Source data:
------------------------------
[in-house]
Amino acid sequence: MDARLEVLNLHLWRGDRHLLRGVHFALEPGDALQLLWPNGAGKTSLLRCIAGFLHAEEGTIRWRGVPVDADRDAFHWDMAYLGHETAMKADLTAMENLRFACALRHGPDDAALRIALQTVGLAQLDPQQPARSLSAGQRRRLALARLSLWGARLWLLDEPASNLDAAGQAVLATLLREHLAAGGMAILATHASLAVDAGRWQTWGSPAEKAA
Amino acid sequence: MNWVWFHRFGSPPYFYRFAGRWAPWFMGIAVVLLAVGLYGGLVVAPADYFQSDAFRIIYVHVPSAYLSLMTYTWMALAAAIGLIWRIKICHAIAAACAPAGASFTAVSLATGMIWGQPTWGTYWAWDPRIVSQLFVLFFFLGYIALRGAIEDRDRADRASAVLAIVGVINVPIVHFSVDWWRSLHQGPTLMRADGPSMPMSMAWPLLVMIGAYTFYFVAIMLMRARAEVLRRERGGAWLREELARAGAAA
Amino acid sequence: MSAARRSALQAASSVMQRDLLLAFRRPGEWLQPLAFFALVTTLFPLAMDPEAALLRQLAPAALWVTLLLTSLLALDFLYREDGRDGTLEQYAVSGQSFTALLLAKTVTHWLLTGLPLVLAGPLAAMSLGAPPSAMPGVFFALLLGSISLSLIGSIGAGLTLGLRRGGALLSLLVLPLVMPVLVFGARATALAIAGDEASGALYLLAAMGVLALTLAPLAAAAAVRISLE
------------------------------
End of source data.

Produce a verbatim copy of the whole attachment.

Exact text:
[in-house]
Amino acid sequence: MDARLEVLNLHLWRGDRHLLRGVHFALEPGDALQLLWPNGAGKTSLLRCIAGFLHAEEGTIRWRGVPVDADRDAFHWDMAYLGHETAMKADLTAMENLRFACALRHGPDDAALRIALQTVGLAQLDPQQPARSLSAGQRRRLALARLSLWGARLWLLDEPASNLDAAGQAVLATLLREHLAAGGMAILATHASLAVDAGRWQTWGSPAEKAA
Amino acid sequence: MNWVWFHRFGSPPYFYRFAGRWAPWFMGIAVVLLAVGLYGGLVVAPADYFQSDAFRIIYVHVPSAYLSLMTYTWMALAAAIGLIWRIKICHAIAAACAPAGASFTAVSLATGMIWGQPTWGTYWAWDPRIVSQLFVLFFFLGYIALRGAIEDRDRADRASAVLAIVGVINVPIVHFSVDWWRSLHQGPTLMRADGPSMPMSMAWPLLVMIGAYTFYFVAIMLMRARAEVLRRERGGAWLREELARAGAAA
Amino acid sequence: MSAARRSALQAASSVMQRDLLLAFRRPGEWLQPLAFFALVTTLFPLAMDPEAALLRQLAPAALWVTLLLTSLLALDFLYREDGRDGTLEQYAVSGQSFTALLLAKTVTHWLLTGLPLVLAGPLAAMSLGAPPSAMPGVFFALLLGSISLSLIGSIGAGLTLGLRRGGALLSLLVLPLVMPVLVFGARATALAIAGDEASGALYLLAAMGVLALTLAPLAAAAAVRISLE